Home prices posted a year-over-year decline for the first time in more than a decade in February as a severe cooldown in the market forced sellers to slash their listings.
The median sale price for previously-owned US homes sank to $363,000 in February, according to data from the National Association of Realtors published Tuesday.
That was a decrease of 0.2% compared to the same month one year earlier, when the median price was $363,000.
The downtick snapped a streak of 131 consecutive months in which prices had increased year-over-year – the longest run of its kind on record.
The US housing market has suffered as the Federal Reserve’s interest rate hikes drive major volatility in long-term mortgage rates.
“The speed of decline in prices is being limited by the lack of existing homes coming to market…but even the relatively low number of homes listed are taking longer to sell,” Pantheon Macroeconomics chief economist Ian Shepherdson said in note.
The most significant declines occurred in the West, where median prices fell by 5.6% to $541,000 last month, and in the Northeast, where median prices sank 4.5% to $366,100.
The NAR’s findings matched recent data published by real estate firm Redfin, which also said earlier this month that it had tracked its first year-over-year decline in home prices since February 2012.
While prices dropped for the month, the volume of existing-home sales jumped 14.5% in February to a seasonally adjusted annual rate of 4.58 million – the first increase in 12 months. Sales were still down 22.6% compared to the same month one year ago.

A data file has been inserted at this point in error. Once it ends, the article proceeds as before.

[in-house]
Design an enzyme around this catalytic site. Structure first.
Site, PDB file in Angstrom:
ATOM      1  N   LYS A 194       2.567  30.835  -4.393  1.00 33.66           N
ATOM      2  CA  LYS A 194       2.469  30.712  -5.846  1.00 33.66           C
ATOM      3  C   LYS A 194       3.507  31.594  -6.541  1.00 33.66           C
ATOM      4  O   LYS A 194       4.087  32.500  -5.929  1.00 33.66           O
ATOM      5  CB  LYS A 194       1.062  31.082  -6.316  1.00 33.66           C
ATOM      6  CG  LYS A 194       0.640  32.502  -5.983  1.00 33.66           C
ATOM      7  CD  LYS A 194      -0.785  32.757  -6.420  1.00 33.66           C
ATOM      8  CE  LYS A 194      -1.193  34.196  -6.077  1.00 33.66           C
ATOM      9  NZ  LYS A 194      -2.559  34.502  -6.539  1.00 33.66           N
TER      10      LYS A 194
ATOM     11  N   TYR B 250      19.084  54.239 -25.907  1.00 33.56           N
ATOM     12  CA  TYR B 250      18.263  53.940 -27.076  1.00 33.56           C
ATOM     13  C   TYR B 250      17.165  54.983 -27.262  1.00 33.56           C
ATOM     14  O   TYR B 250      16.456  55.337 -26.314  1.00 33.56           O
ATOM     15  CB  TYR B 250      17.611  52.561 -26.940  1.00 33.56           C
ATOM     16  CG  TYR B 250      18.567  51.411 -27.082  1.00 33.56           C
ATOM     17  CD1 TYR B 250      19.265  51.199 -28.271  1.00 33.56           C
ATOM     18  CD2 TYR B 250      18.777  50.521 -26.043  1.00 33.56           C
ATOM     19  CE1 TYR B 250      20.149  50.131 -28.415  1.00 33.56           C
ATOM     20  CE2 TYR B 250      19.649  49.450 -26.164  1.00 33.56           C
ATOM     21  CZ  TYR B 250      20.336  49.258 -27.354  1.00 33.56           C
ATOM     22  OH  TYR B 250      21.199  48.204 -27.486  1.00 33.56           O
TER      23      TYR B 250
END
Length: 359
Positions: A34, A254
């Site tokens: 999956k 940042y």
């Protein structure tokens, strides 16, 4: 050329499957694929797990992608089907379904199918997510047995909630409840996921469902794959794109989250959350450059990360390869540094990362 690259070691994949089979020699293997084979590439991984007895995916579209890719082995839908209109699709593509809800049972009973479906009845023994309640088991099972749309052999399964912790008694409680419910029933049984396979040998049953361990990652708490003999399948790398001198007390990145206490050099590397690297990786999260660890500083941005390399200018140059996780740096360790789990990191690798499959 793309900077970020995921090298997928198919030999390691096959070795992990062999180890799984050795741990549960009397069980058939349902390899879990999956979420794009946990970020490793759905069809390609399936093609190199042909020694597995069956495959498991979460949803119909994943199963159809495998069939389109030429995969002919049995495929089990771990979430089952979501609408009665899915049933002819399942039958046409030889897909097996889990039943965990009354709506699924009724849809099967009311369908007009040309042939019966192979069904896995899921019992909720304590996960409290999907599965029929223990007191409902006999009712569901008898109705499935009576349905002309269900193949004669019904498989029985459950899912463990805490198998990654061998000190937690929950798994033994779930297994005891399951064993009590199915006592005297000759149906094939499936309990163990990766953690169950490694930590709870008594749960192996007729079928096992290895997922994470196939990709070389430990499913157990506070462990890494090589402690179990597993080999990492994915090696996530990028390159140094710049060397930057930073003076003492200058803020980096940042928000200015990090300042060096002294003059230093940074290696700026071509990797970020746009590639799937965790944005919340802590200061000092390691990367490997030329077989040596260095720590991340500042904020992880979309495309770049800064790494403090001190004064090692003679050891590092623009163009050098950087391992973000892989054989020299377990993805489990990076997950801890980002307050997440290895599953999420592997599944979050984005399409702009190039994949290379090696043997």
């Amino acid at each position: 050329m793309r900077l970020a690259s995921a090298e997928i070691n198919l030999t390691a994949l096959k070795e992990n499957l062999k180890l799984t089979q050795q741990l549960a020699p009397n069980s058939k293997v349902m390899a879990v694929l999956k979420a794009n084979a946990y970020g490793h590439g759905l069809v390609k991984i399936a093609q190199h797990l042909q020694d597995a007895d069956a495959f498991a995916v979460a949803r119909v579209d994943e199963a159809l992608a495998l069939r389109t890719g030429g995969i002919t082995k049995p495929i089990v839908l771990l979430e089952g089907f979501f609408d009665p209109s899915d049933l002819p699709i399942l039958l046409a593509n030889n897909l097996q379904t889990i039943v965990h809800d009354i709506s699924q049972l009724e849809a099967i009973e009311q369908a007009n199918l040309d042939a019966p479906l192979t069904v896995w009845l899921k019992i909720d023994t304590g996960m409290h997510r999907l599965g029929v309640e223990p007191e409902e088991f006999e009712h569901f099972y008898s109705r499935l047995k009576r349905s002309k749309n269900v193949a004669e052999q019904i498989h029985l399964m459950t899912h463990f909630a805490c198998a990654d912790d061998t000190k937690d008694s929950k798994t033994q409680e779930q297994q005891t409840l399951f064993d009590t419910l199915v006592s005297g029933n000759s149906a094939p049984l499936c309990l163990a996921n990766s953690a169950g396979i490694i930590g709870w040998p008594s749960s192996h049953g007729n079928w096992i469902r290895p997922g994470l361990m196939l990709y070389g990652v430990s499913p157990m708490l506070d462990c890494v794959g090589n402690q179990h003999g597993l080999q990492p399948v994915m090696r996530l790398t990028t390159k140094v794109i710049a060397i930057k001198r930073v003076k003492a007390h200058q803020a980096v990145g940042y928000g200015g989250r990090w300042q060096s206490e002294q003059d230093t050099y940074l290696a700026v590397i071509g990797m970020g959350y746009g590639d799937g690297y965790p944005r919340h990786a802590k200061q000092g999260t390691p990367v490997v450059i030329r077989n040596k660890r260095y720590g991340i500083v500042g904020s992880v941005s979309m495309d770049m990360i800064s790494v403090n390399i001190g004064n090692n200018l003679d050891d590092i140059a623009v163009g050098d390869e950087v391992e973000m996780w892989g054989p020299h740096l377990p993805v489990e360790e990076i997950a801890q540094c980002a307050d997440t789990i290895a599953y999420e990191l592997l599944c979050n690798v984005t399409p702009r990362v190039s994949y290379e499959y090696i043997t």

The spike in sales volume coincided with a drop in long-term mortgage rates last month, which sank to just above 6% in February after topping 7% last fall.
“Conscious of changing mortgage rates, homebuyers are taking advantage of any rate declines,” said Lawrence Yun, the NAR’s chief economist. “Moreover, we’re seeing stronger sales gains in areas where home prices are decreasing and the local economies are adding jobs.”
Mortgage rates have spiked again this month – raising the likelihood that the increased housing activity will be short-lived.
“A clear drop in sales in March, perhaps to a new cycle low, is likely,” Shepherdson added.
The housing market will get its next indication on the likely path of mortgage rates when the Federal Reserve announces whether it will hike interest rates on Wednesday. Investors are currently betting on a quarter percentage point despite recent turmoil in the US banking sector.
As The Post reported, some experts have suggested mortgage rates could start to fall if the Fed slows down or pauses its slate of hikes.
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